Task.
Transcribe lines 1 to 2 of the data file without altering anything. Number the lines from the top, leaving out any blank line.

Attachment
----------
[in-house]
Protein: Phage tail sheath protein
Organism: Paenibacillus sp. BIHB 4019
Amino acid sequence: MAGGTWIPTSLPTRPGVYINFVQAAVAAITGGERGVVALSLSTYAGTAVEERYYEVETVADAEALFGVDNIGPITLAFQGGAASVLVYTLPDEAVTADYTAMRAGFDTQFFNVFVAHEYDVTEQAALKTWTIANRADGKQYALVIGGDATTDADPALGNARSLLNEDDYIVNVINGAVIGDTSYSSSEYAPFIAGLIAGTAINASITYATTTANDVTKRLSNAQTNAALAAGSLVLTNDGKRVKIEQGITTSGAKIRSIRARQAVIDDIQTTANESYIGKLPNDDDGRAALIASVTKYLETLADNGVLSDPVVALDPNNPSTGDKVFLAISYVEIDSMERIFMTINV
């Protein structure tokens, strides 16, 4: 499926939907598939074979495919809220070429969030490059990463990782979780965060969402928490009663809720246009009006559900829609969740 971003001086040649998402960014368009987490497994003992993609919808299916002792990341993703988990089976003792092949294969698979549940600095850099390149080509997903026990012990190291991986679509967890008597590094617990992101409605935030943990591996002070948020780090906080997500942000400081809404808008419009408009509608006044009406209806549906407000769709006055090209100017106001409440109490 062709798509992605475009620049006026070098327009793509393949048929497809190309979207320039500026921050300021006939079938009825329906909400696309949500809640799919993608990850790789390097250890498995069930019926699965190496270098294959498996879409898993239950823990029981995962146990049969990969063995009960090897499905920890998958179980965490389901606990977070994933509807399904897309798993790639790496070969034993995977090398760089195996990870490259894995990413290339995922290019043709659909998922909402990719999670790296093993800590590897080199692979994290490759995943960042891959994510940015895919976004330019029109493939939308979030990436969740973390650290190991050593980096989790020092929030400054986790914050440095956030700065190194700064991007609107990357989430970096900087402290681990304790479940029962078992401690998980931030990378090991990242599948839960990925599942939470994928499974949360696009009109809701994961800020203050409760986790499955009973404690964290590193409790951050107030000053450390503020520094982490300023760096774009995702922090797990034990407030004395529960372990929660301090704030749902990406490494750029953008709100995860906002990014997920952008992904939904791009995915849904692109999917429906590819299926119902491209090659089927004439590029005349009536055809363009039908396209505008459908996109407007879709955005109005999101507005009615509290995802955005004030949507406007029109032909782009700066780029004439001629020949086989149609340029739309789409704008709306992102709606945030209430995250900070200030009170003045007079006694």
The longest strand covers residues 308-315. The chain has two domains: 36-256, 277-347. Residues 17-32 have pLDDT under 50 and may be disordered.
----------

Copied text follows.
[in-house]
Protein: Phage tail sheath protein